Periods may be a necessary evil but they can also be seriously inconvenient – from PMS and painful cramps to the financial and potential health ramifications of our chemical-laden sanitary products – and on top of all that, there's the environmental impact.
Environmentally friendly, chemical-free sanitary products do exist, but they're not widely available on the high street, meaning we still often find ourselves using regular plastic-applicator tampons, which are terrible for the environment. The average woman gets through a reported 12,000 tampons in her lifetime, the vast majority of which end up in landfill or the ocean. Most cardboard applicators aren't much better either, as they often contain a plastic coating.
Applicator-free tampons are available, of course, but many women find them awkward to use and would rather not use menstrual cups either, which is where DAME's reusable tampon applicator comes in. The UK-based startup, which is crowdfunding on Kickstarter, has produced a device to make your period more eco-friendly – even if you only use regular tampons.
The company – whose slogan is "Bleed red. Think green" – created the discreet, dark green applicator from Mediprene, a plastic used in medical products. It's also BPA-free and uses antimicrobial technology to keep it hygienic, meaning you can use it back-to-back with just a rinse under the tap, and you only have to quickly sterilise it between periods with boiling water. It may be more difficult to rinse in public bathrooms, however.
Comfort was also high on the company's priorities list, with the device described as "smooth as silk" and designed to prevent leaks. It works in the same way as a regular plastic tampon – just slide the tampon through the applicator and out the other side – and it can be used with tampons of any size.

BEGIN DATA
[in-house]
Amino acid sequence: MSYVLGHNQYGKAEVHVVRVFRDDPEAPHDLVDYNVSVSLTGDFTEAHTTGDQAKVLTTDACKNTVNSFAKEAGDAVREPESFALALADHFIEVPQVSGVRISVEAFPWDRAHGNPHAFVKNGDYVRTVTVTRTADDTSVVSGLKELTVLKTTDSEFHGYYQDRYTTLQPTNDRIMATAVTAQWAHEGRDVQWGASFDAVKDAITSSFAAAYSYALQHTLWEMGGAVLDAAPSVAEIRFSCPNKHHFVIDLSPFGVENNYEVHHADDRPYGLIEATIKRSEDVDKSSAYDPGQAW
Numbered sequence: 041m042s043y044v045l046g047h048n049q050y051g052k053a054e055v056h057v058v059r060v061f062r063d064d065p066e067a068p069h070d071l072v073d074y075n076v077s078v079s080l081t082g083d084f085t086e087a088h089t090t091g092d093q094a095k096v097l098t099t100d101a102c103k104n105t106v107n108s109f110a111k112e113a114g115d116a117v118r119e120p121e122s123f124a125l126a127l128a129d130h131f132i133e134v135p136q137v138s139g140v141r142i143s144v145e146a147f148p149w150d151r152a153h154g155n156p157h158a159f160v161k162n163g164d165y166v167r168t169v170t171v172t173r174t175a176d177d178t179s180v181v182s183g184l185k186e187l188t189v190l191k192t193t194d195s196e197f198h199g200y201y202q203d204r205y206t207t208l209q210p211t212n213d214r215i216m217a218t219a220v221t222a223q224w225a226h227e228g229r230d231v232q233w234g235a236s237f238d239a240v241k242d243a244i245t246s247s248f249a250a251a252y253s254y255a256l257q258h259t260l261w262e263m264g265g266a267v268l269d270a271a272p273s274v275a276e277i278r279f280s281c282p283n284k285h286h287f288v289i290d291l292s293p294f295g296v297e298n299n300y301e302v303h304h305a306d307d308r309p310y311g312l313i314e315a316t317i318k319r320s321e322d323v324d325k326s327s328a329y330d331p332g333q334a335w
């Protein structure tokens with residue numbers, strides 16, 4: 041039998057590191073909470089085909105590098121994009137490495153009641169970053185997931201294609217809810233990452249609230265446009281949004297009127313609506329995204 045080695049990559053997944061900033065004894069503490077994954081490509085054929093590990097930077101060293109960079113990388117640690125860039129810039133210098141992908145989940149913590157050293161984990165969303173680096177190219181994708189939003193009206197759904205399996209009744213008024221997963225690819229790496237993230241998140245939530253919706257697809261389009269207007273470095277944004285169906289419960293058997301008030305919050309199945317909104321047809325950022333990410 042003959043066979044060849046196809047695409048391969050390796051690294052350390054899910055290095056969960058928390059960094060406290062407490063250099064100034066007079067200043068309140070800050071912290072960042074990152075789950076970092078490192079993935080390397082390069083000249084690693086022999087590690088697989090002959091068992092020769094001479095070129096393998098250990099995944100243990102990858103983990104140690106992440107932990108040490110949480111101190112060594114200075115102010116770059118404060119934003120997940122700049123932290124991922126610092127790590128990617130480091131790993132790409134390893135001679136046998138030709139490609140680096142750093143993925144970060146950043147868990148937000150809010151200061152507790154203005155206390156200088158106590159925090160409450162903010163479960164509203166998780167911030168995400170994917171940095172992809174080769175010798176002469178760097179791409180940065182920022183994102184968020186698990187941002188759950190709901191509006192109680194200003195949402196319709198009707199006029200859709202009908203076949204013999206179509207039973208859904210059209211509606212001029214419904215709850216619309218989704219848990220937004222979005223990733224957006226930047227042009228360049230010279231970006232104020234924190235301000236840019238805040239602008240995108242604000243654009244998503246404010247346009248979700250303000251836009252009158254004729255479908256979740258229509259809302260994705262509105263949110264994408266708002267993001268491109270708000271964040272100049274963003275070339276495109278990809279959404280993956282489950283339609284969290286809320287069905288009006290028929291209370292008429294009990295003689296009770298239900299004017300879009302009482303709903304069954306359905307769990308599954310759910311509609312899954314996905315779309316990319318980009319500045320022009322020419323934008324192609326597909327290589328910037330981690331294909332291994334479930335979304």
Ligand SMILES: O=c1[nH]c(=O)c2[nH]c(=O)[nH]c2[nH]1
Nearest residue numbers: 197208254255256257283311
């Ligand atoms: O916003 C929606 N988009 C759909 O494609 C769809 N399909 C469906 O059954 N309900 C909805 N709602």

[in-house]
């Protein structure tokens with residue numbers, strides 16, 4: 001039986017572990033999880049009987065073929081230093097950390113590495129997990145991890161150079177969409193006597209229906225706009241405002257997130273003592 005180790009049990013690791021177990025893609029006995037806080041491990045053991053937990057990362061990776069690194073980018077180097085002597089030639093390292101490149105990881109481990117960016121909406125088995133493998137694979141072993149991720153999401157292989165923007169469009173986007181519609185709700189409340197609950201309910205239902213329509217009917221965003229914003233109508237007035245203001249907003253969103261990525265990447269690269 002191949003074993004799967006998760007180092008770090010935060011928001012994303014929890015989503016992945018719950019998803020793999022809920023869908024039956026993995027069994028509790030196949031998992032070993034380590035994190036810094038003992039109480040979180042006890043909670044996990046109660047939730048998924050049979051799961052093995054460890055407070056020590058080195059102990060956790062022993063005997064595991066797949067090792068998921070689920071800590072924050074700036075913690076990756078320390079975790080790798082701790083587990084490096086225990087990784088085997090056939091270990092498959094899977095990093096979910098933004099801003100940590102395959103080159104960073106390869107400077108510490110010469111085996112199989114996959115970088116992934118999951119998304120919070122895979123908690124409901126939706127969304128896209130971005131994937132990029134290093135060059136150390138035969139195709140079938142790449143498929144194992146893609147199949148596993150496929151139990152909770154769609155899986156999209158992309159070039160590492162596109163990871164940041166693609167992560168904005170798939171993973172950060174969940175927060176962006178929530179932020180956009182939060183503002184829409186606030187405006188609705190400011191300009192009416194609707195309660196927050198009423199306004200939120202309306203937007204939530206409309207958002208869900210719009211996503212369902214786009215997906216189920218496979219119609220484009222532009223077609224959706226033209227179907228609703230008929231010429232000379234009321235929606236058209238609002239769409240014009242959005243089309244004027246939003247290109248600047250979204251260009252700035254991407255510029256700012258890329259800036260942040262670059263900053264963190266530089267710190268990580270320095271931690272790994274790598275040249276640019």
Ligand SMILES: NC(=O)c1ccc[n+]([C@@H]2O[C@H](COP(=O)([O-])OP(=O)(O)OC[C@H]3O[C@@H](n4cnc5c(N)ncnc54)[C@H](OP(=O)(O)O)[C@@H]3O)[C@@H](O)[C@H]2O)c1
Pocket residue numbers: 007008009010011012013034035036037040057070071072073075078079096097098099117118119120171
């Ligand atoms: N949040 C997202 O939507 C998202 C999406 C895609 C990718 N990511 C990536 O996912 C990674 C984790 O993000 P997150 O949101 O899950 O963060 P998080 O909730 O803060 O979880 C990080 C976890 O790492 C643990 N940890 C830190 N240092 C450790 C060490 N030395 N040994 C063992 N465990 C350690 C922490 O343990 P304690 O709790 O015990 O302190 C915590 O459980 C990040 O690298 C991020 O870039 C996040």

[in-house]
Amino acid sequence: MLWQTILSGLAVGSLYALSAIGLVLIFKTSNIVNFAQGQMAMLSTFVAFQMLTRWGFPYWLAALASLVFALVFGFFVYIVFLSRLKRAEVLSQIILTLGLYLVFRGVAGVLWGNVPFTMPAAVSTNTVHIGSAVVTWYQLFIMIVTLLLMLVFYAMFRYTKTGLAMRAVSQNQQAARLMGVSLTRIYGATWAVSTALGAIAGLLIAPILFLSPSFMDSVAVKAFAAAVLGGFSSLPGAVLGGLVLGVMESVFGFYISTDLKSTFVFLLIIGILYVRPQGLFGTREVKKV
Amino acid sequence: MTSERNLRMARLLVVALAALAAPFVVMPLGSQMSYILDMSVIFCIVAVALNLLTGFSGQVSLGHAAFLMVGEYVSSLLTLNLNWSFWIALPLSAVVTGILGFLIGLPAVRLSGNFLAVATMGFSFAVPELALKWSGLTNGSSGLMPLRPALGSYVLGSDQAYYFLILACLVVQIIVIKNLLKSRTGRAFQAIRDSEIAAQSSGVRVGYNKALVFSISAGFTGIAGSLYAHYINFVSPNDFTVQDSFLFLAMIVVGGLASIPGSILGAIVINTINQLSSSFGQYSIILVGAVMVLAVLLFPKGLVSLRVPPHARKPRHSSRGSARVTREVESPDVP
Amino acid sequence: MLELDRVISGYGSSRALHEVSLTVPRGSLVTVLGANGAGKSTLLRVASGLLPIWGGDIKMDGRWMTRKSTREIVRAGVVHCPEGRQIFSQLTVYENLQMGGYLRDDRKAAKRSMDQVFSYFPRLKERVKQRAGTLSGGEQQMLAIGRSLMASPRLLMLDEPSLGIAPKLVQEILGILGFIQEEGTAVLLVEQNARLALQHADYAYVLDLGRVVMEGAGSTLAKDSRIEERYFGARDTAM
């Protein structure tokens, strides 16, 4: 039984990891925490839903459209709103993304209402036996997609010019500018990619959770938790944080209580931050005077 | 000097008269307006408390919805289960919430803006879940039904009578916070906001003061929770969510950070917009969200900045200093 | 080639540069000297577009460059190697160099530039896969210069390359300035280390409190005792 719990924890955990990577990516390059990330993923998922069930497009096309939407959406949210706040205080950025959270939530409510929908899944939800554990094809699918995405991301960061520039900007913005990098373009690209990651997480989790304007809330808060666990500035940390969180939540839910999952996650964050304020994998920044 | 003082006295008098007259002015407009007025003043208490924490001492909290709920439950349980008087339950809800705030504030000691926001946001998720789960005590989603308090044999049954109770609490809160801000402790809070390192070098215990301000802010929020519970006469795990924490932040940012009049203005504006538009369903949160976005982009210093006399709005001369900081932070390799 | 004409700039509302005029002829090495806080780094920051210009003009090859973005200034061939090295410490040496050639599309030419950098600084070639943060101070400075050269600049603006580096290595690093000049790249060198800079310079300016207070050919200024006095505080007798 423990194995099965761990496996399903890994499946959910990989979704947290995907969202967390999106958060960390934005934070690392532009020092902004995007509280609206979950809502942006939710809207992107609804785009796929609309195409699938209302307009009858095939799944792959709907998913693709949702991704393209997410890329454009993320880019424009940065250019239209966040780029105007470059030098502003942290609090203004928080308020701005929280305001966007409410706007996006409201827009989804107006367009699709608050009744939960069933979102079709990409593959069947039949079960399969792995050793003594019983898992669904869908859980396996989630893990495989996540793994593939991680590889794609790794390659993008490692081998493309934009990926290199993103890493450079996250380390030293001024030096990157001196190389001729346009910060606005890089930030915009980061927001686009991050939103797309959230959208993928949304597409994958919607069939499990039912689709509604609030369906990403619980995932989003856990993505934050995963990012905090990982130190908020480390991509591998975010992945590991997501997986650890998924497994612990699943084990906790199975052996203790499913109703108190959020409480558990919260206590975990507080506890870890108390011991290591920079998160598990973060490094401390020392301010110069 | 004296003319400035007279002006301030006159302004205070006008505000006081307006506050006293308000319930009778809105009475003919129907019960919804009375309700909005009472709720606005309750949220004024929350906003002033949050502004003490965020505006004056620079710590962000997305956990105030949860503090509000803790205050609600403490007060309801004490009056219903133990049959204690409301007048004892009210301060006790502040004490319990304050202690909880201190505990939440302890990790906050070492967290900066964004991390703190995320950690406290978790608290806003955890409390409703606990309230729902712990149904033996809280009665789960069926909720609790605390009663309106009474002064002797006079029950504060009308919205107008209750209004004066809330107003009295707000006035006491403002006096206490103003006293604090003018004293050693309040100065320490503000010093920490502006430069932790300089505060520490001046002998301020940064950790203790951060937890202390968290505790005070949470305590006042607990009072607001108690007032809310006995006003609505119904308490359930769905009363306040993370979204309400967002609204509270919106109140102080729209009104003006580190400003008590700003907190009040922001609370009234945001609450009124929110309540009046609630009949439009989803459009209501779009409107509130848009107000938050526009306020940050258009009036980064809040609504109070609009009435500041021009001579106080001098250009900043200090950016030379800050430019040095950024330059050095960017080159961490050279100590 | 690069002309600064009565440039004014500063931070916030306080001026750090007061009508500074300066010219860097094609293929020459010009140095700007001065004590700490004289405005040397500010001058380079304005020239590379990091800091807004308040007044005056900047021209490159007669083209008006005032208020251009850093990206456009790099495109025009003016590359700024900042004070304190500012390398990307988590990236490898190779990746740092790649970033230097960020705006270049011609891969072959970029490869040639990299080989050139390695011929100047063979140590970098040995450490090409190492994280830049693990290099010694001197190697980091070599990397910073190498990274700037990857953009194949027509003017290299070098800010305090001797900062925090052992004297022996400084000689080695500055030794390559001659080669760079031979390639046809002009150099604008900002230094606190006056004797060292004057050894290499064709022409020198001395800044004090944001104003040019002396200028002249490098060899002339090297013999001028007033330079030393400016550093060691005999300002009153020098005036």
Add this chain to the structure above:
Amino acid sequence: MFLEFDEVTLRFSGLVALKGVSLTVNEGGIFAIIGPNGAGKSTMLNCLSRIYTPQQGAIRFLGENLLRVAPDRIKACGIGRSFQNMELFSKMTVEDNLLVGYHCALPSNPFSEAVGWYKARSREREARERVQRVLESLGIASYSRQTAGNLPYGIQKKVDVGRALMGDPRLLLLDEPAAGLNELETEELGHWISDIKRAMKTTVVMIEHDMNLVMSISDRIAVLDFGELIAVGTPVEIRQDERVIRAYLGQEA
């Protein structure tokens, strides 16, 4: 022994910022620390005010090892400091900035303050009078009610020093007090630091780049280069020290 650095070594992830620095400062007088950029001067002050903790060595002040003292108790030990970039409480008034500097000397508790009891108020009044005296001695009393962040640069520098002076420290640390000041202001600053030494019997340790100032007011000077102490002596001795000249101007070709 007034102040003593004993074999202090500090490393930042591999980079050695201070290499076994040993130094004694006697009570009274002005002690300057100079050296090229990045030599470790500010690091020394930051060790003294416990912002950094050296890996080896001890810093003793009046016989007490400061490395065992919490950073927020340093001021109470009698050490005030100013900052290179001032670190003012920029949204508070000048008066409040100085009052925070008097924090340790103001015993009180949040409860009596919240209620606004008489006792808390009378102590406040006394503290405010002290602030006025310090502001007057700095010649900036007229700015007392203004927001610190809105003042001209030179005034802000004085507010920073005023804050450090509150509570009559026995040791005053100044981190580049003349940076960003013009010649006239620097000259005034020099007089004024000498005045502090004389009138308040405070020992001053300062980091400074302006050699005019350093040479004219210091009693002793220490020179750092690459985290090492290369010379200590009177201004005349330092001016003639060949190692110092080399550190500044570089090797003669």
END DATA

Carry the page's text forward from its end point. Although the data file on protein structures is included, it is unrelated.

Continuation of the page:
Celia Pool, cofounder of DAME, said the idea came when the company realised there was little appetite for sustainable sanitary products compared to regular disposable ones. “When we were running a thriving online period subscription service we realised how massive, but silent, the problem of menstrual plastic waste is," she told Refinery29.
"While we offered both disposable and reusable products, virtually no one wanted to buy the sustainable options. That’s when we decided to design our own version of a green tampon that women might actually use."
They decided on dark green for the product, which has been 14 months in the making, because it had the best reviews of all colour options presented to a 30-strong market research group. "It was the only one without any negative connotations, so we had a clear winner," Pool said, adding that they also wanted to "avoid making it look like a sex toy".
Pool believes it's only a matter of time before other businesses will need to think about how they can do their bit for the environment. "The recent press coverage and media campaigns about plastic pollution prove that consumers are waking up to the issue, too. Change needs to happen, but it doesn’t need to be difficult or painful."
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